Opinion:

Australia shows us the road to hell

In a rational world, the burning of Australia would be a historic turning point. After all, it’s exactly the kind of catastrophe climate scientists long warned us to expect if we didn’t take action to limit greenhouse gas emissions. In fact, a 2008 report commissioned by the Australian government predicted that global warming would cause the country’s fire seasons to begin earlier, end later and be more intense — starting around 2020.

Furthermore, although it may seem callous to say it, this disaster is unusually photogenic. You don’t need to pore over charts and statistical tables; this is a horror story told by walls of fire and terrified refugees huddled on beaches.

So this should be the moment when governments finally begin urgent efforts to stave off climate catastrophe.

But the world isn’t rational. In fact, Australia’s anti-environmentalist government seems utterly unmoved as the nightmares of environmentalists become reality. And the anti-environmentalist media, the Murdoch empire in particular, has gone all-out on disinformation, trying to place the blame on arsonists and “greenies” who won’t let fire services get rid of enough trees.

These political reactions are more terrifying than the fires themselves.

Climate optimists have always hoped for a broad consensus in favor of measures to save the planet. The trouble with getting action on climate, the story went, was that it was hard to get people’s attention: The issue was complex, while the damage was too gradual and too invisible. In addition, the big dangers lay too far in the future. But surely once enough people had been informed about the dangers, once the evidence for global warming became sufficiently overwhelming, climate action would cease to be a partisan issue.

The climate crisis, in other words, would eventually become the moral equivalent of war — an emergency transcending the usual political divides.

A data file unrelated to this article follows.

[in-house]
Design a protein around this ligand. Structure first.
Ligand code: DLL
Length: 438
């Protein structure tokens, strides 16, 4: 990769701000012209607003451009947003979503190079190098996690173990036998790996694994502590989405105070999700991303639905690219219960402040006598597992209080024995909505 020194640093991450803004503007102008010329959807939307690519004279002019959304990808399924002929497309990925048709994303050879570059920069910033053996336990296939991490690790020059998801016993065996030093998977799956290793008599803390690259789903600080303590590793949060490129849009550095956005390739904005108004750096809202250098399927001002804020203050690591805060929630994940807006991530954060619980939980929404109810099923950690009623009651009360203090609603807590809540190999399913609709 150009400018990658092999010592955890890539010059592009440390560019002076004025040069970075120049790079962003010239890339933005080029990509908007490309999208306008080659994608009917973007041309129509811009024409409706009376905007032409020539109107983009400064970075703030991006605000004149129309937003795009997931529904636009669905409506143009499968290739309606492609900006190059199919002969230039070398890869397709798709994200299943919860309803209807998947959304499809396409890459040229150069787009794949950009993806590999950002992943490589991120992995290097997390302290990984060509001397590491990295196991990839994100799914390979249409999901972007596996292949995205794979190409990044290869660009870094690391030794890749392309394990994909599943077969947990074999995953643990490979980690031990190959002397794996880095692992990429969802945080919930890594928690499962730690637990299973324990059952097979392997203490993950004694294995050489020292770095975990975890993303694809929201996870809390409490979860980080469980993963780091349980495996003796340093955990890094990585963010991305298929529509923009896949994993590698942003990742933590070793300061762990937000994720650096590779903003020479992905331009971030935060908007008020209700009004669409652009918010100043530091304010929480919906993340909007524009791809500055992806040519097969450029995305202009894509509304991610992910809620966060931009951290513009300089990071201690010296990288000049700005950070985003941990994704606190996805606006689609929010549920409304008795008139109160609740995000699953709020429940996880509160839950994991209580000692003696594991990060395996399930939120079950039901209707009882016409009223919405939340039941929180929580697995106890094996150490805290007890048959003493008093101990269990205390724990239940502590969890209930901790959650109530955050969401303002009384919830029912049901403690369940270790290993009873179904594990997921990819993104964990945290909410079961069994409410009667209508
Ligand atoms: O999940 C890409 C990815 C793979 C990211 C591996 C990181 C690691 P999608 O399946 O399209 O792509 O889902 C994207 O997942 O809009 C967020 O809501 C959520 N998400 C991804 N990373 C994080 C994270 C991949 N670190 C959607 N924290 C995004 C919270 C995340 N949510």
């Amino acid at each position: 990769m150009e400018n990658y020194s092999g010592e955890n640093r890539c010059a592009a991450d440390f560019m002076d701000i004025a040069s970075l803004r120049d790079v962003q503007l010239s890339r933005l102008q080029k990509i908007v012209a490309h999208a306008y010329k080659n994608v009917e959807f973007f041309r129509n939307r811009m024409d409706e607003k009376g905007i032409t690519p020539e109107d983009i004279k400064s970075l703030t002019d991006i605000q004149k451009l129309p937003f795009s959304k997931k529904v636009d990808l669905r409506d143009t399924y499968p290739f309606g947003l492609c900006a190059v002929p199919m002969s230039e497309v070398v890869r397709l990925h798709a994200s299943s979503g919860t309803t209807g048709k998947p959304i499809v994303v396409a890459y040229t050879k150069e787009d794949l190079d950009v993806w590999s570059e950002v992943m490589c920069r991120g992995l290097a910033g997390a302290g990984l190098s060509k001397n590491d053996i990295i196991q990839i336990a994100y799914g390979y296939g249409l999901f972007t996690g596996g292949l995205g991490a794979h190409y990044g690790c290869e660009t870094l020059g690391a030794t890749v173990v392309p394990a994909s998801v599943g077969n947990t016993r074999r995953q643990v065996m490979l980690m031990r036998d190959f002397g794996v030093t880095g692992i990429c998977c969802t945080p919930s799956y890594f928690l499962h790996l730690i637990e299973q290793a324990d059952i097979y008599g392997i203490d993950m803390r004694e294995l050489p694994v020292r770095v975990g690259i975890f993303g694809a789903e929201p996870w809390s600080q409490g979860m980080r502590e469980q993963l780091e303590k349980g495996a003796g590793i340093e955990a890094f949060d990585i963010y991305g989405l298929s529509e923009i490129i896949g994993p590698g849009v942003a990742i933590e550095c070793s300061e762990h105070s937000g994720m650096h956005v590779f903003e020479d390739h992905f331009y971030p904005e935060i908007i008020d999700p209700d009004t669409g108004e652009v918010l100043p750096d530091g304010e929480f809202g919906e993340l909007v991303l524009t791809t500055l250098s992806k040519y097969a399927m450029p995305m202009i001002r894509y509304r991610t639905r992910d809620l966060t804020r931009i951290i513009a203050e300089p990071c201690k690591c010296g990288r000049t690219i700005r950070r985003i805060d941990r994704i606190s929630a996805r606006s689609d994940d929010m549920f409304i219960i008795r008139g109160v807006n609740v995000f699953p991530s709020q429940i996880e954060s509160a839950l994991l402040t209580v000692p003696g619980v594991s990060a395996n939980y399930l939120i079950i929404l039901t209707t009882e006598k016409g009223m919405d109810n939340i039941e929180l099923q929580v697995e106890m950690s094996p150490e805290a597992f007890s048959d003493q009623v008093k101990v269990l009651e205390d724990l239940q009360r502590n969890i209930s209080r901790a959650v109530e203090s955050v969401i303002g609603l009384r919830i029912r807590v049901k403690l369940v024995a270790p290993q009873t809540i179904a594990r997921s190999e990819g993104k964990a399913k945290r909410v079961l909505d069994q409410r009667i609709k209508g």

But if a country in flames isn’t enough to produce a consensus for action — if it isn’t even enough to produce some moderation in the anti-environmentalist position — what is? The Australia experience suggests that climate denial will persist come hell or high water — that is, through devastating heat waves and catastrophic storm surges alike.

You might be tempted to dismiss Australia as a special case, but the same deepening partisan division has long been underway in the United States. As late as the 1990s, Democrats and Republicans were almost equally likely to say that the effects of global warming had already begun. Since then, however, partisan views have diverged, with Democrats increasingly likely to see climate change happening (as indeed it is), while Republicans increasingly see and hear no climate evil.

Does this divergence reflect changing party composition? After all, highly educated voters have been moving toward the Democrats, less-educated voters toward the Republicans. So is it a matter of how well-informed each party’s base is?

Probably not. There’s substantial evidence that conservatives who are highly educated and well informed about politics are more likely than other conservatives to say things that aren’t true, probably because they are more likely to know what the conservative political elite wants them to believe. In particular, conservatives with high scientific literacy and numeracy are especially likely to be climate change deniers.

But if denial and opposition to action are immovable even in the face of obvious catastrophe, what hope is there for avoiding the apocalypse? Let’s be honest with ourselves: Things are looking pretty grim. However, giving up is not an option. What’s the path forward?

The answer, pretty clearly, is that scientific persuasion is running into sharply diminishing returns. Very few of the people still denying the reality of climate change or at least opposing doing anything about it will be moved by further accumulation of evidence, or even by a proliferation of new disasters. Any action that does take place will have to do so in the face of intractable right-wing opposition.

This means, in turn, that climate action will have to offer immediate benefits to large numbers of voters, because policies that seem to require widespread sacrifice — such as policies that rely mainly on carbon taxes — would be viable only with the kind of political consensus we clearly aren’t going to get.

What might an effective political strategy look like? I’ve been rereading a 2014 speech by eminent political scientist Robert Keohane, who suggested that one way to get past the political impasse on climate might be via “an emphasis on huge infrastructural projects that created jobs” — in other words, a Green New Deal. Such a strategy could give birth to a “large climate-industrial complex,” which would actually be a good thing in terms of political sustainability.

Can such a strategy succeed? I don’t know. But it looks like our only chance given the political reality in Australia, the United States and elsewhere — namely, that powerful forces on the right are determined to keep us barreling down the road to hell.

Paul Krugman is a columnist for The New York Times.